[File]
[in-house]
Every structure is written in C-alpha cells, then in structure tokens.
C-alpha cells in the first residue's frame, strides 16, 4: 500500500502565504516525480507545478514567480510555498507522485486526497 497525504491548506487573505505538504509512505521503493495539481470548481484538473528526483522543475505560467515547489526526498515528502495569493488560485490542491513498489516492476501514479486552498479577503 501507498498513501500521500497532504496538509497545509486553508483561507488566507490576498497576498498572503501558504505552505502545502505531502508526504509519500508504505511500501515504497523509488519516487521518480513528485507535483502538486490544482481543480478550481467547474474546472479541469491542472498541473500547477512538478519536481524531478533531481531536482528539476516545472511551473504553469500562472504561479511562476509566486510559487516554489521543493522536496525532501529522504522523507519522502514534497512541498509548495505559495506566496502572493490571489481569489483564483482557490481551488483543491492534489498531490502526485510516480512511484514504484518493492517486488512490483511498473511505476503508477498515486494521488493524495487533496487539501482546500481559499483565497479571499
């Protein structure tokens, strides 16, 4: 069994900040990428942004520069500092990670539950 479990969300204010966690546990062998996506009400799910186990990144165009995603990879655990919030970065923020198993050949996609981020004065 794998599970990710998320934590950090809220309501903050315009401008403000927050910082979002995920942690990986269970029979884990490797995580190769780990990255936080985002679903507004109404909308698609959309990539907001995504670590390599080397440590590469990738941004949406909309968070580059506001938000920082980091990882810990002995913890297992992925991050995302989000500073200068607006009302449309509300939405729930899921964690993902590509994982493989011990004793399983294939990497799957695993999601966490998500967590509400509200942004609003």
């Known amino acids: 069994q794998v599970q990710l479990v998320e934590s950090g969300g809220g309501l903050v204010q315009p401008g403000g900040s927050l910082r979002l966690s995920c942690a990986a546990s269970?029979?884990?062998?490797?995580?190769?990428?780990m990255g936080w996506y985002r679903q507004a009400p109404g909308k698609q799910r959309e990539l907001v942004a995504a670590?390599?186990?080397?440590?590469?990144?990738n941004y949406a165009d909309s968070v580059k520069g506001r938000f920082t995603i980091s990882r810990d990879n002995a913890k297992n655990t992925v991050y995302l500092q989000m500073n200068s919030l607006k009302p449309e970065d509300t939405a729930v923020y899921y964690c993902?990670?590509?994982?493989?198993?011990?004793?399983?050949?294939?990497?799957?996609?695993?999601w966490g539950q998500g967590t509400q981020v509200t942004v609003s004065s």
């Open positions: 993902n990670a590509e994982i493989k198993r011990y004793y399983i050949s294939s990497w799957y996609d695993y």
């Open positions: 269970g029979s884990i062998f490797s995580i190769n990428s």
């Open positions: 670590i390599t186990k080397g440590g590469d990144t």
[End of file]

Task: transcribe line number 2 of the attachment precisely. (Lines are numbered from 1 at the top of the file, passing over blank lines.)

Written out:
Every structure is written in C-alpha cells, then in structure tokens.